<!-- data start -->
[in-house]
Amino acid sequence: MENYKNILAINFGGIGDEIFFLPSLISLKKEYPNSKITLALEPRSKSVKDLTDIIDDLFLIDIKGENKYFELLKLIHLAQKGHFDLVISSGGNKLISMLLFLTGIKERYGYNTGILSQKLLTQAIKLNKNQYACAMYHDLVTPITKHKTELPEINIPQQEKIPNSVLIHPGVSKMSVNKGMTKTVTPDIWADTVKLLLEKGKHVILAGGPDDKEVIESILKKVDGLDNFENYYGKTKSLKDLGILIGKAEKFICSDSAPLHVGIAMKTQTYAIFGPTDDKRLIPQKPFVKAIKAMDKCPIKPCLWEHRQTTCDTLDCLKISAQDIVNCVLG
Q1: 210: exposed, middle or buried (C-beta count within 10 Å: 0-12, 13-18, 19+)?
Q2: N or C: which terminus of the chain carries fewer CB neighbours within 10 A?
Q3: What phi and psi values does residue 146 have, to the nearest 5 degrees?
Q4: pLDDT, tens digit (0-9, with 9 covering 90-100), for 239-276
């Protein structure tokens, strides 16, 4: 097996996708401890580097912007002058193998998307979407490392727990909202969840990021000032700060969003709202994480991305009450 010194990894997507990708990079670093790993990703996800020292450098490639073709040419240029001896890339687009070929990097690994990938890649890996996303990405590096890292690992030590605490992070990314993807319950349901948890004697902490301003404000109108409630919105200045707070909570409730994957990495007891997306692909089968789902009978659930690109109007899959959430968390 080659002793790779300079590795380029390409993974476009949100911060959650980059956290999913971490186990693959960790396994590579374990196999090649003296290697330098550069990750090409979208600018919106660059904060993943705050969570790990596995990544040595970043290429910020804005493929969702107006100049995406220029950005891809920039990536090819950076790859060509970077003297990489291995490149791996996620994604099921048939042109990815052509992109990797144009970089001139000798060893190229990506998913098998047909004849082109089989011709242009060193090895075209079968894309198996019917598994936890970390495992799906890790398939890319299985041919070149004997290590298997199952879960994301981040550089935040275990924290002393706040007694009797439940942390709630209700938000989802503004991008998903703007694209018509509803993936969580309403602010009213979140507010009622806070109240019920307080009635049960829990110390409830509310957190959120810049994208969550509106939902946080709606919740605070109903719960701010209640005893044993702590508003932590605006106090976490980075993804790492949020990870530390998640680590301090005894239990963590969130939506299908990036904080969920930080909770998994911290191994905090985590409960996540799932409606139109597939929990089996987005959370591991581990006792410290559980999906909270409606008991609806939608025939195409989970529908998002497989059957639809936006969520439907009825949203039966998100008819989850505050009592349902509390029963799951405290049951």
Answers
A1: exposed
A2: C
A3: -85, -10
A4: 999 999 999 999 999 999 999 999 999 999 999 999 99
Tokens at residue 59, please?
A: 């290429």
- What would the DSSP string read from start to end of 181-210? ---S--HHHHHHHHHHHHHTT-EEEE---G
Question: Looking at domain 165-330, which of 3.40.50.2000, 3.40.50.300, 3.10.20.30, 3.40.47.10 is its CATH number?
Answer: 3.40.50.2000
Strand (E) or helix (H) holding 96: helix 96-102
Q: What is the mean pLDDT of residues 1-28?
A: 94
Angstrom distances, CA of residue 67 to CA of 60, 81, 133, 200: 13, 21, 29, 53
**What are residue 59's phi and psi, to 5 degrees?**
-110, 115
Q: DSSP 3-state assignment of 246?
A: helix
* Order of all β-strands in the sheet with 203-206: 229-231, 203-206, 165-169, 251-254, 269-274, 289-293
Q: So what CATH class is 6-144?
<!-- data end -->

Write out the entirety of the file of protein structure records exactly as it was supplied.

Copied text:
[in-house]
Amino acid sequence: MENYKNILAINFGGIGDEIFFLPSLISLKKEYPNSKITLALEPRSKSVKDLTDIIDDLFLIDIKGENKYFELLKLIHLAQKGHFDLVISSGGNKLISMLLFLTGIKERYGYNTGILSQKLLTQAIKLNKNQYACAMYHDLVTPITKHKTELPEINIPQQEKIPNSVLIHPGVSKMSVNKGMTKTVTPDIWADTVKLLLEKGKHVILAGGPDDKEVIESILKKVDGLDNFENYYGKTKSLKDLGILIGKAEKFICSDSAPLHVGIAMKTQTYAIFGPTDDKRLIPQKPFVKAIKAMDKCPIKPCLWEHRQTTCDTLDCLKISAQDIVNCVLG
Q1: 210: exposed, middle or buried (C-beta count within 10 Å: 0-12, 13-18, 19+)?
Q2: N or C: which terminus of the chain carries fewer CB neighbours within 10 A?
Q3: What phi and psi values does residue 146 have, to the nearest 5 degrees?
Q4: pLDDT, tens digit (0-9, with 9 covering 90-100), for 239-276
């Protein structure tokens, strides 16, 4: 097996996708401890580097912007002058193998998307979407490392727990909202969840990021000032700060969003709202994480991305009450 010194990894997507990708990079670093790993990703996800020292450098490639073709040419240029001896890339687009070929990097690994990938890649890996996303990405590096890292690992030590605490992070990314993807319950349901948890004697902490301003404000109108409630919105200045707070909570409730994957990495007891997306692909089968789902009978659930690109109007899959959430968390 080659002793790779300079590795380029390409993974476009949100911060959650980059956290999913971490186990693959960790396994590579374990196999090649003296290697330098550069990750090409979208600018919106660059904060993943705050969570790990596995990544040595970043290429910020804005493929969702107006100049995406220029950005891809920039990536090819950076790859060509970077003297990489291995490149791996996620994604099921048939042109990815052509992109990797144009970089001139000798060893190229990506998913098998047909004849082109089989011709242009060193090895075209079968894309198996019917598994936890970390495992799906890790398939890319299985041919070149004997290590298997199952879960994301981040550089935040275990924290002393706040007694009797439940942390709630209700938000989802503004991008998903703007694209018509509803993936969580309403602010009213979140507010009622806070109240019920307080009635049960829990110390409830509310957190959120810049994208969550509106939902946080709606919740605070109903719960701010209640005893044993702590508003932590605006106090976490980075993804790492949020990870530390998640680590301090005894239990963590969130939506299908990036904080969920930080909770998994911290191994905090985590409960996540799932409606139109597939929990089996987005959370591991581990006792410290559980999906909270409606008991609806939608025939195409989970529908998002497989059957639809936006969520439907009825949203039966998100008819989850505050009592349902509390029963799951405290049951």
Answers
A1: exposed
A2: C
A3: -85, -10
A4: 999 999 999 999 999 999 999 999 999 999 999 999 99
Tokens at residue 59, please?
A: 């290429």
- What would the DSSP string read from start to end of 181-210? ---S--HHHHHHHHHHHHHTT-EEEE---G
Question: Looking at domain 165-330, which of 3.40.50.2000, 3.40.50.300, 3.10.20.30, 3.40.47.10 is its CATH number?
Answer: 3.40.50.2000
Strand (E) or helix (H) holding 96: helix 96-102
Q: What is the mean pLDDT of residues 1-28?
A: 94
Angstrom distances, CA of residue 67 to CA of 60, 81, 133, 200: 13, 21, 29, 53
**What are residue 59's phi and psi, to 5 degrees?**
-110, 115
Q: DSSP 3-state assignment of 246?
A: helix
* Order of all β-strands in the sheet with 203-206: 229-231, 203-206, 165-169, 251-254, 269-274, 289-293
Q: So what CATH class is 6-144?